February 11, 2022

SWHR’s Chief Science Officer on Her Path in Science 

In recognition of International Day of Women and Girls in Science on February 11, 2022, SWHR interviewed its Chief Science Officer Irene Aninye, PhD, on her science path and what advice she would give women and girls interested in this field. The following blog post captures highlights from this conversation.

How did you become interested in the field of science? In other words, how did your science journey begin? 

I was not exactly a science person when I was a kid, but I loved math. I attended the science and tech magnet program at Eleanor Roosevelt High School in Greenbelt, Maryland, so I ended up doing a lot of collaborative research projects through high school and college. I worked with organizations like the U.S. Department of Agriculture (USDA); the University of Maryland; the National Aeronautics and Space Administration (NASA); and the University of Wisconsin-Madison (UW). At UW I got to work on wound healing, and it happened to be in an all-female lab. I loved that environment—both the camaraderie and the work that we did. That experience is ultimately what made me want to get my PhD.  

For undergrad, I went to University of Maryland, Baltimore County, starting in chemical engineering, but I changed to biochemistry because I wanted to do health research. I was in the Meyerhoff Scholars Program, created to support underrepresented minorities excelling in STEM. The program taught me how to go from being individually competitive to being cooperative. This mindset really helped me being a woman and a minority in STEM, because it reminded me how to cooperatively leverage networks and build community in my work. 

I went to grad school at the University of Illinois at Urbana-Champaign (UIUC), focusing on steroid hormone action in reproductive endocrinology. I did a postdoc at Johns Hopkins School of Medicine, working in the thyroid hormone space, and was involved heavily in the Endocrine Society. I went on to work as faculty at Loyola University Maryland, for the National Institutes of Health’s (NIH) National Institute of Diabetes and Digestive and Kidney Diseases, and at the American Association for the Advancement of Science supporting their science and research enterprise, all before joining Society for Women’s Health Research (SWHR). At SWHR, I’ve come full circle with my love of biomedical and health work.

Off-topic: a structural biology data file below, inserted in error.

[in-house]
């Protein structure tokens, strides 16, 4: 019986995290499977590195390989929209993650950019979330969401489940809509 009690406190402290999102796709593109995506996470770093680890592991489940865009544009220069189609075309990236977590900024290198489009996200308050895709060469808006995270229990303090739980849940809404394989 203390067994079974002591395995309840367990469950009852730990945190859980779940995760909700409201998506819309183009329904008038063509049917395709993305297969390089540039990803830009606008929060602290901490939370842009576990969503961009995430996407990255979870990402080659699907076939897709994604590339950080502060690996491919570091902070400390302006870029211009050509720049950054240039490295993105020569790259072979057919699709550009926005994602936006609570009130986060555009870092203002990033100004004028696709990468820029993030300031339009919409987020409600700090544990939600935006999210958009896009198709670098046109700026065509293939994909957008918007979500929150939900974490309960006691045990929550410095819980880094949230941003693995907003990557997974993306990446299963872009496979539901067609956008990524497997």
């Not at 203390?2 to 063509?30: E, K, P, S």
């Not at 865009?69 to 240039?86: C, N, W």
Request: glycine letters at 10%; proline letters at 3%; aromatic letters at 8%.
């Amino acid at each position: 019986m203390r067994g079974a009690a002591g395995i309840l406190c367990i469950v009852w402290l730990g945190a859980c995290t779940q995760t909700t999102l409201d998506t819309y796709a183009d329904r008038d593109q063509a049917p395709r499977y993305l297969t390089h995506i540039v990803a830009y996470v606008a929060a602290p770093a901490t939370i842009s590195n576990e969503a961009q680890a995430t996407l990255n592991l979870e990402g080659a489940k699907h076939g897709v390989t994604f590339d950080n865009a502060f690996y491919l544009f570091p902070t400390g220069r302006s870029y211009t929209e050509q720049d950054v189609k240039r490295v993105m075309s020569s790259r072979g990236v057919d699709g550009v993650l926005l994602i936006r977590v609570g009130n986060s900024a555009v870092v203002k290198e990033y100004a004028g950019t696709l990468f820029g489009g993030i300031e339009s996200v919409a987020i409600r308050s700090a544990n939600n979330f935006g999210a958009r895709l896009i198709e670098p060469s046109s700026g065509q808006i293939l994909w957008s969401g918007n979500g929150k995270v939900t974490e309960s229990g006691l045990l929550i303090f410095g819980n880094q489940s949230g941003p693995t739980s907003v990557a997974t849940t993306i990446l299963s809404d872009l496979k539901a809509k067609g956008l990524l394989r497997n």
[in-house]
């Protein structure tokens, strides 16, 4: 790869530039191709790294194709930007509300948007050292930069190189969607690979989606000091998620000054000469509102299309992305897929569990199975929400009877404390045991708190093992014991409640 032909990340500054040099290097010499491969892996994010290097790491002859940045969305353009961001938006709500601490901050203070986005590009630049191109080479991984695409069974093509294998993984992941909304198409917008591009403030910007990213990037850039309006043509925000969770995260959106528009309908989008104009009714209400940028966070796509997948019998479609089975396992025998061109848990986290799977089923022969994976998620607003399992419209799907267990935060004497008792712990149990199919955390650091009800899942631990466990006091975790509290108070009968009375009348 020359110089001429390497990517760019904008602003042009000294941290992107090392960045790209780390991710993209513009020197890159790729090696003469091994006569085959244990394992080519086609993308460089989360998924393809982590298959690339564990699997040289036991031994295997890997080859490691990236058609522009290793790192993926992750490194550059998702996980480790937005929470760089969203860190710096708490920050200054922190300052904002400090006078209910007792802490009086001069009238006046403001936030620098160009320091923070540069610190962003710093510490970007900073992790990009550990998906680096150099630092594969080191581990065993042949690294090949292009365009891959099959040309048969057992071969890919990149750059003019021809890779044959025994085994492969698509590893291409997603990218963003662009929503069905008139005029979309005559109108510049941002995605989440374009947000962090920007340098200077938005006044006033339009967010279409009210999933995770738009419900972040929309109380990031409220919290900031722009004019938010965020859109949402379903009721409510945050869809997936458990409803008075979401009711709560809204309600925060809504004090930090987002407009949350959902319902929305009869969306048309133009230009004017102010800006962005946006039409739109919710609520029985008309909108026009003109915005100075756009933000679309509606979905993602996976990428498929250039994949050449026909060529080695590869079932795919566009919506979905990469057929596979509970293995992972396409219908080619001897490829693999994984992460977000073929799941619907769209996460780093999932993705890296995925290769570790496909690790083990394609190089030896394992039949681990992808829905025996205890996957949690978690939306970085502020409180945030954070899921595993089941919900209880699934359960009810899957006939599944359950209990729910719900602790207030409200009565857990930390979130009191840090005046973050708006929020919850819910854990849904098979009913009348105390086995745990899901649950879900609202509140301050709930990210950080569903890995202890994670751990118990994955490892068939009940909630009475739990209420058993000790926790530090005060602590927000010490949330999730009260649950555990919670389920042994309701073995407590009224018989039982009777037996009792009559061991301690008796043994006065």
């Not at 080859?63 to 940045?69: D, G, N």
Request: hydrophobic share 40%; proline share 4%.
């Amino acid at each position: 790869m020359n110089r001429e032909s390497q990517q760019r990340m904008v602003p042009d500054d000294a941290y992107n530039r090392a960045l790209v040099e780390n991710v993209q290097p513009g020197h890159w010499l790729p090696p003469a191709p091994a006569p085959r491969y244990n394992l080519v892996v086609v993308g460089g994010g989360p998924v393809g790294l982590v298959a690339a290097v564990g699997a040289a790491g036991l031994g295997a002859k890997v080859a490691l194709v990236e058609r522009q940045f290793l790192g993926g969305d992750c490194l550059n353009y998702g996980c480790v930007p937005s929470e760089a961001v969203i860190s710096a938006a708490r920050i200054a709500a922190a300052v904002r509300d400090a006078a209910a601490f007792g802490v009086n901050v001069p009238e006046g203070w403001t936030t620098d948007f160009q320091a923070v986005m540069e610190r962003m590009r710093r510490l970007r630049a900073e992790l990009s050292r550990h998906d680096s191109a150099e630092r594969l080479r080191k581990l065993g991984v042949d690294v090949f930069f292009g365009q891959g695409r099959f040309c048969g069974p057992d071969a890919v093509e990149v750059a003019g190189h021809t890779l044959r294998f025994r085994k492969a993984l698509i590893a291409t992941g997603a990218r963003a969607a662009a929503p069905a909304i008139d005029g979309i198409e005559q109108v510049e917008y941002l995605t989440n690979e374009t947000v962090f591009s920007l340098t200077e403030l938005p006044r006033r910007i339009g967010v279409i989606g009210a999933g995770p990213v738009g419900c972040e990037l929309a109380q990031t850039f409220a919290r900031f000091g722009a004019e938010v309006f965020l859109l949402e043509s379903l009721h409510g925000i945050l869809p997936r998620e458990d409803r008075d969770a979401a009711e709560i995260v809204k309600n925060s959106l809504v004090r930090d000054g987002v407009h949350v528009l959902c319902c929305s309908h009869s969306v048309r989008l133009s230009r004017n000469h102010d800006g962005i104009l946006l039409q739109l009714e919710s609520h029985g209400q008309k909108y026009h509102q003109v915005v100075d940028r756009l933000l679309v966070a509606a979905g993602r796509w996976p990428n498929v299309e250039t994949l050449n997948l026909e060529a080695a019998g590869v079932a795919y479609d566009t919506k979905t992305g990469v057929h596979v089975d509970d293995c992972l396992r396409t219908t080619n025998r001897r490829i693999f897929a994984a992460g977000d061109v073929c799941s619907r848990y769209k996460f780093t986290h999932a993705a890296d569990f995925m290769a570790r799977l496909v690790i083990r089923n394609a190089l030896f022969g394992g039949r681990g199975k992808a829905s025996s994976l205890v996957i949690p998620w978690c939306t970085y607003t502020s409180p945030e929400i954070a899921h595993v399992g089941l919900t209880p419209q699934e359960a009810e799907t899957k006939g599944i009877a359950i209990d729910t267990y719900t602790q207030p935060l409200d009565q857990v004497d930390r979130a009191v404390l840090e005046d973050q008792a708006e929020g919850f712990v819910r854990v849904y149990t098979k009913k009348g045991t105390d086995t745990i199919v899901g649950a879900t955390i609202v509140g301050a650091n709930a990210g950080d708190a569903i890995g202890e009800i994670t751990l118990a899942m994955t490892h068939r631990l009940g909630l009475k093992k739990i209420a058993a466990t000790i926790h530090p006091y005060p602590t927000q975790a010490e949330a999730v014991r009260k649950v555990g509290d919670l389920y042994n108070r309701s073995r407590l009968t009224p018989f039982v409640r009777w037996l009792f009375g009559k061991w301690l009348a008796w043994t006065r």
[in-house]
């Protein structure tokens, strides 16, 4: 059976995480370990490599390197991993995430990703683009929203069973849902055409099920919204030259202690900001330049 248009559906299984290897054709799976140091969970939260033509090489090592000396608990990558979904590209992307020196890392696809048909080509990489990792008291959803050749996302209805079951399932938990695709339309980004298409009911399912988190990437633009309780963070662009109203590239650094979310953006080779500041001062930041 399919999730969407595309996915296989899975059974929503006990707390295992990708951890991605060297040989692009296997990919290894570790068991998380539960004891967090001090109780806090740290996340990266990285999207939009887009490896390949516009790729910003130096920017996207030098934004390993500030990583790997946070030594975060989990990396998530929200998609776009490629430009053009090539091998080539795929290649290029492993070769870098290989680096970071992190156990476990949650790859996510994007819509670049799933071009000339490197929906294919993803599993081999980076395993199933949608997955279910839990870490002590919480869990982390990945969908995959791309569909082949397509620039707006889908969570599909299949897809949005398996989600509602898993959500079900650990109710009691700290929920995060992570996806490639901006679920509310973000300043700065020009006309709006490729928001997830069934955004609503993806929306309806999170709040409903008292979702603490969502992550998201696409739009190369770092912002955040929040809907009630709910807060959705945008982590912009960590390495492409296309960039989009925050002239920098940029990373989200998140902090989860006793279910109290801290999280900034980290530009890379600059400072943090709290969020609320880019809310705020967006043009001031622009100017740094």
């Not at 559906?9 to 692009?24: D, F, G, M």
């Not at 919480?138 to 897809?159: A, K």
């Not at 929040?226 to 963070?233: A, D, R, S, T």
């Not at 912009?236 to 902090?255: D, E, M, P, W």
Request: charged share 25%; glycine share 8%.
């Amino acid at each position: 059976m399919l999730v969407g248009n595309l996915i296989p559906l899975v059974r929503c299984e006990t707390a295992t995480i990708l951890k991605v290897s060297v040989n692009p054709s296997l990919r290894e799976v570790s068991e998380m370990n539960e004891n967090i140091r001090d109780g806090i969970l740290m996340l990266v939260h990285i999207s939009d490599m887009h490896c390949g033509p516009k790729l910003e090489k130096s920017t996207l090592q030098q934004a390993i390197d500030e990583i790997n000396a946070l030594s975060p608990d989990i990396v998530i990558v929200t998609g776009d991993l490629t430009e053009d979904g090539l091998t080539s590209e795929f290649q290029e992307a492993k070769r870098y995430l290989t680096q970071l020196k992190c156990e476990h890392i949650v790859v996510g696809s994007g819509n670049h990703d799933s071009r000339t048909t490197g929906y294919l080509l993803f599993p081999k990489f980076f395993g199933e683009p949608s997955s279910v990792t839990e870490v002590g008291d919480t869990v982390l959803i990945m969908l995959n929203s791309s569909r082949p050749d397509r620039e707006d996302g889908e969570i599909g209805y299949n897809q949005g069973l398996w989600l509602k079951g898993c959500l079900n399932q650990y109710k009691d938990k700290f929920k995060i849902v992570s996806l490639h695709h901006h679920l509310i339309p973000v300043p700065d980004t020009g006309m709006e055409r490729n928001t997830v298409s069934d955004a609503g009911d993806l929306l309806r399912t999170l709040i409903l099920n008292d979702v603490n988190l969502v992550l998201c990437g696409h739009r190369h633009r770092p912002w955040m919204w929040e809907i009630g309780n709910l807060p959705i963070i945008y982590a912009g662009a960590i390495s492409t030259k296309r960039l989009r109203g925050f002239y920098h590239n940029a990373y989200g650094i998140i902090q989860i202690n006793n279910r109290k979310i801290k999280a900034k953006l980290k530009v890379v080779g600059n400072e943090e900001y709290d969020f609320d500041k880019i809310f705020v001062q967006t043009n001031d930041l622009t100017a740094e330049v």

How do you feel your experience as a woman in science was affected by your gender, if at all?  

There are a lot more women in science than there used to be, but there’s still so much more to do. It’s still kind of funny for me to think about, but I was the first Black woman to get a PhD in my program at UIUC. I didn’t have any Black, women professors in my STEM courses, and I noticed this growing up, too. I wanted to change that for others.  

For example, while I was teaching at Loyola, I knew a freshman could come into my class, be taught by a faculty member who was a Black woman, and that would shift their perception of what they could be or do. Even in my role at SWHR, I’m aware that during my public-facing work, people are seeing a Black woman in science and having their perceptions changed, which is important.  

How does SWHR support women and girls in science through its work?